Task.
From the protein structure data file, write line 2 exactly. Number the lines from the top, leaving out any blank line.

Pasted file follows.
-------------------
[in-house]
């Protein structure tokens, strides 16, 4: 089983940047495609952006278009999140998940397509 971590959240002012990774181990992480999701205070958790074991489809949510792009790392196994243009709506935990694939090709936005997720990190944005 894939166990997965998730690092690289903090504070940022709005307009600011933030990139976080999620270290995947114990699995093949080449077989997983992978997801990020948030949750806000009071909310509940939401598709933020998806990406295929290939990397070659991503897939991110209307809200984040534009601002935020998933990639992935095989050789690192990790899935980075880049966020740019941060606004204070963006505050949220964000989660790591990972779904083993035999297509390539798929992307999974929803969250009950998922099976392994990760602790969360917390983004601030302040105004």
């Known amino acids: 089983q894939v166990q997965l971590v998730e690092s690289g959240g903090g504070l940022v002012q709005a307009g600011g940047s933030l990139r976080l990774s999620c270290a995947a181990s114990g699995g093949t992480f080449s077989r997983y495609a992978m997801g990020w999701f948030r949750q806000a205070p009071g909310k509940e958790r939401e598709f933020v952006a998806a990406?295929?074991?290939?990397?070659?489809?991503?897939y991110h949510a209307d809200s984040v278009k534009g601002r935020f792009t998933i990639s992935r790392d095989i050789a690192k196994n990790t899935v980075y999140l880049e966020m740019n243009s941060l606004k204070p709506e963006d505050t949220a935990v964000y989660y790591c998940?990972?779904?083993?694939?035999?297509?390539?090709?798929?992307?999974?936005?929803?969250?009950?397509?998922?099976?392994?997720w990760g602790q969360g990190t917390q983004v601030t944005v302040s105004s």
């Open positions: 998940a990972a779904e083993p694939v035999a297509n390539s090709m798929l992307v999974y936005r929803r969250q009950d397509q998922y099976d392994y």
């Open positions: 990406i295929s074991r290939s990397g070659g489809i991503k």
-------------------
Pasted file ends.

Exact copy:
């Protein structure tokens, strides 16, 4: 089983940047495609952006278009999140998940397509 971590959240002012990774181990992480999701205070958790074991489809949510792009790392196994243009709506935990694939090709936005997720990190944005 894939166990997965998730690092690289903090504070940022709005307009600011933030990139976080999620270290995947114990699995093949080449077989997983992978997801990020948030949750806000009071909310509940939401598709933020998806990406295929290939990397070659991503897939991110209307809200984040534009601002935020998933990639992935095989050789690192990790899935980075880049966020740019941060606004204070963006505050949220964000989660790591990972779904083993035999297509390539798929992307999974929803969250009950998922099976392994990760602790969360917390983004601030302040105004």